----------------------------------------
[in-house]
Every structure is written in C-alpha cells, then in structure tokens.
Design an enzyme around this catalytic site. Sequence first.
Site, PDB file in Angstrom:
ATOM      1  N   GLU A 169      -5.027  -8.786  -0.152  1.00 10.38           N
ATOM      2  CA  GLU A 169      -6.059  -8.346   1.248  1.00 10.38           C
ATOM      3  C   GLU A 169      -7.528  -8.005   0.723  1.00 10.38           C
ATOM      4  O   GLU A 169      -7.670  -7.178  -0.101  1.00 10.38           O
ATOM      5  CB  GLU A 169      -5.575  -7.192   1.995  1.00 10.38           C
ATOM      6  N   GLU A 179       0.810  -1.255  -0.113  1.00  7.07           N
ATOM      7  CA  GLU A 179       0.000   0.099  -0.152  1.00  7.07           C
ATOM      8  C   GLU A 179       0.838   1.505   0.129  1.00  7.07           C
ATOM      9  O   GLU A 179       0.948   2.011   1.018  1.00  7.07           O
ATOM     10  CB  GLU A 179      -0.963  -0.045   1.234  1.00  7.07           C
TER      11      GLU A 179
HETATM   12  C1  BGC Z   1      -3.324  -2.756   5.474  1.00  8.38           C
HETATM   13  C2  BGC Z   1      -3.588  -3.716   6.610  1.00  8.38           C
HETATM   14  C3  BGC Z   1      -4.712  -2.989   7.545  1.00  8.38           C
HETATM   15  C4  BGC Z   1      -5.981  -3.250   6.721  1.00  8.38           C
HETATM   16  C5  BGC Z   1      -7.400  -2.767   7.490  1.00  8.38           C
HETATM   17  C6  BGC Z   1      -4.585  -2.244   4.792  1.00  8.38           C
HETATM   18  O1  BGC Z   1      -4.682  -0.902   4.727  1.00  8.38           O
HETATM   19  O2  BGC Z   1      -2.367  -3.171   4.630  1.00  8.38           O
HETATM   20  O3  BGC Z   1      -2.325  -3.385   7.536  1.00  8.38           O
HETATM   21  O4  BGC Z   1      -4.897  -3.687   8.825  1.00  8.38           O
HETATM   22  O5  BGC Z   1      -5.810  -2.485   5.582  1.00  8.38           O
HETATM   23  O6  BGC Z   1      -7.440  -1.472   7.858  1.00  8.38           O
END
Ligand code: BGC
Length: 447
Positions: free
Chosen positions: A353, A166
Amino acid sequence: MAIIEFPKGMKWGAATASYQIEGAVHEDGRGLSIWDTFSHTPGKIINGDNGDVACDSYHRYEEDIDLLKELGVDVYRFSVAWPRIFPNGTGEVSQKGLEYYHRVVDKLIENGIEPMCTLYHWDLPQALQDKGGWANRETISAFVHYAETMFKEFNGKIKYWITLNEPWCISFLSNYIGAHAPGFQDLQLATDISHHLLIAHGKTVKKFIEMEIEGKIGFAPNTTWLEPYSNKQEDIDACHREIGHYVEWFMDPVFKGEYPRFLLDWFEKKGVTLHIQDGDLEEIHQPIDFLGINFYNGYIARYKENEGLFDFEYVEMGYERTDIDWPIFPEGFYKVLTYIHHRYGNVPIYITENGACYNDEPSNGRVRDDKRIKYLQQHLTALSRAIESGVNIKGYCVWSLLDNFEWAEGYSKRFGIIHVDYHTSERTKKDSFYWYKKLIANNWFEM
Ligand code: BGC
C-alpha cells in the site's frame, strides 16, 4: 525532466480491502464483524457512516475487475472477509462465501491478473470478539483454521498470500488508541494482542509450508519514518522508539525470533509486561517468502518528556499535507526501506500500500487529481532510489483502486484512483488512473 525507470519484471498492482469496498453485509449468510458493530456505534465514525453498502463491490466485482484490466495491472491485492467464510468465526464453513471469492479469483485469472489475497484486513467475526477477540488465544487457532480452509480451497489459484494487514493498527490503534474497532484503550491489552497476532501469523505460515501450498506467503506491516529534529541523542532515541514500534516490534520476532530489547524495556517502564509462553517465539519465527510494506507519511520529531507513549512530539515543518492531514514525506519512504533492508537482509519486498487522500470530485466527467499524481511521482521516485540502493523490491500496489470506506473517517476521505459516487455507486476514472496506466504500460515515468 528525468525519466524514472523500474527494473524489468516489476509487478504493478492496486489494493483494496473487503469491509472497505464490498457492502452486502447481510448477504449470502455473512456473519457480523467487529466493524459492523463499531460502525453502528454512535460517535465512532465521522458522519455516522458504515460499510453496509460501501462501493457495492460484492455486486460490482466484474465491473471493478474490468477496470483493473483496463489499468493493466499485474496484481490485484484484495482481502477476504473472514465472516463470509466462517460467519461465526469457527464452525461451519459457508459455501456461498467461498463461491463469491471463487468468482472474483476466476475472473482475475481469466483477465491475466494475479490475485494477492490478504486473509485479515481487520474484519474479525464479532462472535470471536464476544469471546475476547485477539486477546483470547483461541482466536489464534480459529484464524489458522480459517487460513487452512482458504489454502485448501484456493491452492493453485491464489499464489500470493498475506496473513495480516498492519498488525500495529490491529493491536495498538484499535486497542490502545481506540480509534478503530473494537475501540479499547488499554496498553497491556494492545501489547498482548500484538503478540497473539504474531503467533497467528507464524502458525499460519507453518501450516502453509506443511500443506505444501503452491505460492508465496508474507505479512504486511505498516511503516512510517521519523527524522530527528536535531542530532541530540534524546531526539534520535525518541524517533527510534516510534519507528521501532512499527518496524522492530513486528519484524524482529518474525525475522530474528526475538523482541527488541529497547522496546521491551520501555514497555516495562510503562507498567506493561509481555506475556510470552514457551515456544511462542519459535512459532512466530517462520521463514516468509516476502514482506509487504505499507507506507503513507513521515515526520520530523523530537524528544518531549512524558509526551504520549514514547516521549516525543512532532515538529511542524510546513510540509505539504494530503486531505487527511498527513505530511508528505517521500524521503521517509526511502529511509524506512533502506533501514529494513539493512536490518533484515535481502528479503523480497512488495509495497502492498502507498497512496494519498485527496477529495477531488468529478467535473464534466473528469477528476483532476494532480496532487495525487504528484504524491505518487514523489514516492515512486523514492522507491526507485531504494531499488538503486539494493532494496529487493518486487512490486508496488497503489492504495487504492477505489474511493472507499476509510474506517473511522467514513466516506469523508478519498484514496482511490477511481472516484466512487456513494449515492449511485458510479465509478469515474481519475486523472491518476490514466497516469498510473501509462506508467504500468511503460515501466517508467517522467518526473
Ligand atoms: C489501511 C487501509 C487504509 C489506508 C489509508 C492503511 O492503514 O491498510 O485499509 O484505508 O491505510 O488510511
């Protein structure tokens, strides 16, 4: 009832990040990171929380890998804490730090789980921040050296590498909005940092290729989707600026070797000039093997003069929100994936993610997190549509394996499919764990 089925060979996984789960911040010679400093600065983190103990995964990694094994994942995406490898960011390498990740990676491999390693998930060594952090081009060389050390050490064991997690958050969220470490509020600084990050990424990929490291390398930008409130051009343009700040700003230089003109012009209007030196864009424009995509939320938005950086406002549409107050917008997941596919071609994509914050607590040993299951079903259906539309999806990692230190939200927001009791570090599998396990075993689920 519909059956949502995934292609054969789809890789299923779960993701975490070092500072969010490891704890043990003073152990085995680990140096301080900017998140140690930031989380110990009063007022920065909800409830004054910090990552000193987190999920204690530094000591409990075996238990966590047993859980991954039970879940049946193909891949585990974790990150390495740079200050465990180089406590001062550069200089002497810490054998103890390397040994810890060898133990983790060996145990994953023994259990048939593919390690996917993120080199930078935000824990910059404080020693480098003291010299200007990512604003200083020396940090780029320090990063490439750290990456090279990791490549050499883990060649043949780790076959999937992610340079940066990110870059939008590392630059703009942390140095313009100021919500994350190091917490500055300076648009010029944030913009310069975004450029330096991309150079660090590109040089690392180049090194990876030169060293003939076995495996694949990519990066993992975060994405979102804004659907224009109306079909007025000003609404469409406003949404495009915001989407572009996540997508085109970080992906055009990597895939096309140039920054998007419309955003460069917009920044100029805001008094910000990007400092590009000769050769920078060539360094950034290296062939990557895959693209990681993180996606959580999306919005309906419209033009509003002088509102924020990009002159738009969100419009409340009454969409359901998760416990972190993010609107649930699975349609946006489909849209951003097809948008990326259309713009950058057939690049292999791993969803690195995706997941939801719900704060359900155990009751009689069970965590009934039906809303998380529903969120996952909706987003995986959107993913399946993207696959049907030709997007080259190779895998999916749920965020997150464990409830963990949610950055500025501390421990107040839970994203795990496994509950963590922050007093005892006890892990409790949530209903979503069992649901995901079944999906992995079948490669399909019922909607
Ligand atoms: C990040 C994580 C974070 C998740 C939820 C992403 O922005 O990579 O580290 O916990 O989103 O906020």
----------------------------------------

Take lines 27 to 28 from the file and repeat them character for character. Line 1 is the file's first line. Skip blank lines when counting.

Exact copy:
HETATM   23  O6  BGC Z   1      -7.440  -1.472   7.858  1.00  8.38           O
END